He added that most are not aware that all residents in the Middle East, not just OFWs who have no permanent residences, use the P.O. box system.
Internet voting to increase voter turnout

Commissioner Ferrer said that Internet voting would be a “more cost efficient way to increase voters’ turnout.”

Barrios also recommended Internet voting since overseas Filipinos would not “be bound by the inconvenience of time and space.”

Ferrer assured that Internet voting, which was tested in August 2007 in Singapore, is quite safe. “It was reported that there were 4,055 attempts to penetrate and test the system at that time, all unsolicited and without the Commission’s sanction,” he said. The attempts were supposed to change the votes cast and manipulate information about the voters.

He said that that all those failed as the system was able to detect and thwart them. “We are not saying that Internet voting is a fail safe mode of voting, but the result in Singapore was encouraging,” he said.

Internet voting is being considered for the 2010 elections.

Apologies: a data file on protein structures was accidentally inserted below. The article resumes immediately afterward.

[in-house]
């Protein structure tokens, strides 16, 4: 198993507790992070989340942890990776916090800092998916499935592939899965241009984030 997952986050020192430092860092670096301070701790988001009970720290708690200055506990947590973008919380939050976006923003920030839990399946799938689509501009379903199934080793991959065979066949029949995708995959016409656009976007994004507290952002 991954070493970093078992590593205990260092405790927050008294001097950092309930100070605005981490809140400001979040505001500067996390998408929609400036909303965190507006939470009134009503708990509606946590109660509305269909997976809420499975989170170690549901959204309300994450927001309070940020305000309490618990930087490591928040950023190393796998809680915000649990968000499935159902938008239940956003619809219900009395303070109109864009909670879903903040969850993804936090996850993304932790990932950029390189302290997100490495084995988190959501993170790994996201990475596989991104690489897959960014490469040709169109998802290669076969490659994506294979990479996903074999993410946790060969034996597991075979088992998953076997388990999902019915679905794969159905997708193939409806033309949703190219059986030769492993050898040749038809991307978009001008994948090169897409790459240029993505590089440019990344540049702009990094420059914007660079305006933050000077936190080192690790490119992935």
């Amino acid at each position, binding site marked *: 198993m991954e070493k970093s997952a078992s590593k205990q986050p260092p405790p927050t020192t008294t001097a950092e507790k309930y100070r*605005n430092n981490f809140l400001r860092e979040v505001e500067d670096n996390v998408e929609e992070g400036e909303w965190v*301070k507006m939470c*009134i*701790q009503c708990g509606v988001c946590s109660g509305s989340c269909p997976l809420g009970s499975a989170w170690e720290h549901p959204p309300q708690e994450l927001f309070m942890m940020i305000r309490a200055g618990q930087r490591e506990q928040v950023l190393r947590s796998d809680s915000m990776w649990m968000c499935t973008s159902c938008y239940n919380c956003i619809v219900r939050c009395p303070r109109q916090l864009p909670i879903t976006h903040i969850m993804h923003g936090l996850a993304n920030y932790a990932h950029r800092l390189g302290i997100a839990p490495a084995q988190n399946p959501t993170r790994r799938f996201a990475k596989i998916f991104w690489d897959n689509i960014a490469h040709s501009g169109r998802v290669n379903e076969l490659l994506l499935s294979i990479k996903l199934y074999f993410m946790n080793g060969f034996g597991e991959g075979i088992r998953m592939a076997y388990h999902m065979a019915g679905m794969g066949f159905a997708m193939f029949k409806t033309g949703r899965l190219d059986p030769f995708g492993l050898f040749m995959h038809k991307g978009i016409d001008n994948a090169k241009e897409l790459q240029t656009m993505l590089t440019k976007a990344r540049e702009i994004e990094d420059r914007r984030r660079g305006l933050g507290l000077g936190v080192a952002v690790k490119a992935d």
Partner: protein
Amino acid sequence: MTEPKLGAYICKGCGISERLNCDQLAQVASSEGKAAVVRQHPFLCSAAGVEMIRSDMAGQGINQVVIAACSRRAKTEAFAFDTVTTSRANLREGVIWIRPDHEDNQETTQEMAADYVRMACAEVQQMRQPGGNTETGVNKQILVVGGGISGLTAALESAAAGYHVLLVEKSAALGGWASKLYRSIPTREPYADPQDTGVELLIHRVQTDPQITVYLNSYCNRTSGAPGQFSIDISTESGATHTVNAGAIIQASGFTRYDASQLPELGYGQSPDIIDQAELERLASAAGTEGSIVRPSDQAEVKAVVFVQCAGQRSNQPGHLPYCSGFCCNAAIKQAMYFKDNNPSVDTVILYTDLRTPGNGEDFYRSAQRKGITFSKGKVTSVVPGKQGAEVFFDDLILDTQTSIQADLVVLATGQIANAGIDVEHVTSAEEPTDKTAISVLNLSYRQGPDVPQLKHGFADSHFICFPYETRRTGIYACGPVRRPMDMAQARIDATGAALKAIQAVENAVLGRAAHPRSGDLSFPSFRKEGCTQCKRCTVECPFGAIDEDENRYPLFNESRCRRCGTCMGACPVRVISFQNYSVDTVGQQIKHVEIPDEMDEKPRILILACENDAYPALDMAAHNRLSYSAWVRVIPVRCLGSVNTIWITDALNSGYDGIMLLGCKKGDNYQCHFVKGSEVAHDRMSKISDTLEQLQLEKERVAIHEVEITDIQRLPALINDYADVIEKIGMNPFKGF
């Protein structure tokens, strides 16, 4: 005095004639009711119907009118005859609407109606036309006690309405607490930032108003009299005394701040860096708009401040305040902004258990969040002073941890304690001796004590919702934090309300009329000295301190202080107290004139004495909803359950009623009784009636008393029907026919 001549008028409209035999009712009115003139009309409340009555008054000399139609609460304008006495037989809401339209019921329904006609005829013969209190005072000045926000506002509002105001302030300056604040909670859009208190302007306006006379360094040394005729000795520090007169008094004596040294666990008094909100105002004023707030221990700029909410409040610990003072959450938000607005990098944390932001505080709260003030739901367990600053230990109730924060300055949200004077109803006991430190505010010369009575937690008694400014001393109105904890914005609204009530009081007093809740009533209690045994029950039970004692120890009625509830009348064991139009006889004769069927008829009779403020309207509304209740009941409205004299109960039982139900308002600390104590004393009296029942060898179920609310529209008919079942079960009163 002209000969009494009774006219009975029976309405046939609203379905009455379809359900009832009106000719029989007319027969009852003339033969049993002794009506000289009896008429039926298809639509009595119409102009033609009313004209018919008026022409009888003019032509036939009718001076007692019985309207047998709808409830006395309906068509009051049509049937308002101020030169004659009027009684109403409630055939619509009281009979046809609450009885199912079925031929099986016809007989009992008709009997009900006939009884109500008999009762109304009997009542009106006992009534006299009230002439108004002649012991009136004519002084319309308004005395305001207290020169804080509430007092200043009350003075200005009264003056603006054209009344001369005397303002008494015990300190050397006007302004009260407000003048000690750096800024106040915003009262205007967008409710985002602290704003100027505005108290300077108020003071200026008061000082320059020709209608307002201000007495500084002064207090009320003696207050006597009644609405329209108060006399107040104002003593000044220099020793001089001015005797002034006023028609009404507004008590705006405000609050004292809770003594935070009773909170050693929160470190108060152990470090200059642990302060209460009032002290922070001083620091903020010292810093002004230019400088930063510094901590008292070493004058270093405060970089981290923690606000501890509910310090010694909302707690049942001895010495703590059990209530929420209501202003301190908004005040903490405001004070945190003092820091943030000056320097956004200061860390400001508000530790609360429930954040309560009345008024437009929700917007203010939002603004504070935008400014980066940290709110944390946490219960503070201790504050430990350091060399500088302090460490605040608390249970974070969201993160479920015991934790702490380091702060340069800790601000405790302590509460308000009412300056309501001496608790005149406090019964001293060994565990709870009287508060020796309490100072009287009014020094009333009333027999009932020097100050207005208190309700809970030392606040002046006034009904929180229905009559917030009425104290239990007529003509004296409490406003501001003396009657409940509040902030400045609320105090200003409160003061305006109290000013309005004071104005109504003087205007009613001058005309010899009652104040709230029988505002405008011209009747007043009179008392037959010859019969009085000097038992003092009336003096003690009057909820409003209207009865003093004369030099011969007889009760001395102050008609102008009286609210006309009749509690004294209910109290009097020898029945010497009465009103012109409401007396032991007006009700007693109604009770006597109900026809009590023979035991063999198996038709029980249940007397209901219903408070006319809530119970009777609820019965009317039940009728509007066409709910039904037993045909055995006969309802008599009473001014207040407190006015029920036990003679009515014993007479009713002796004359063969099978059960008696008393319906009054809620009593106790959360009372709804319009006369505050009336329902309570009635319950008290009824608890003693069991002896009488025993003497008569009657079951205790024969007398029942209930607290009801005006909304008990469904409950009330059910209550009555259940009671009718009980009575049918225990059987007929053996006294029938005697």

GFN’s position paper pushing for Internet voting would be discussed in the Senate on May 19 following the amendments to the OAV Act and overseas registration.
Rosales said there must “stability, security and confidence of the people in COMELEC to conduct clean elections” before Internet voting is allowed.

Sana and Rosales question the voters’ verification method if ever Internet voting would be adapted. “How could you test them for biometrics? How about their thumbprint? These are still questionable,” Rosales said.

Barrios said that GFN consulted with I.T. specialists, both local and foreign, about voters’ verification should Internet voting be used.
“They have tested verification methods for Internet voting, such has passport number identification and voice detection. These methods are both unique, only one person has it like the thumb mark,” Barrios said.

Swing vote?

Benavent said that it would indeed make a great impact if all overseas Filipinos would register and vote.

They can provide the “swing vote” in any election, and this has discouraged politicians from pushing hard for absentee voting.
The good thing about the overseas Filipino swing vote, should it happen, is that “they are very cosmopolitan. They are safe from vote buying and coercion by traditional politicians,” Rosales said.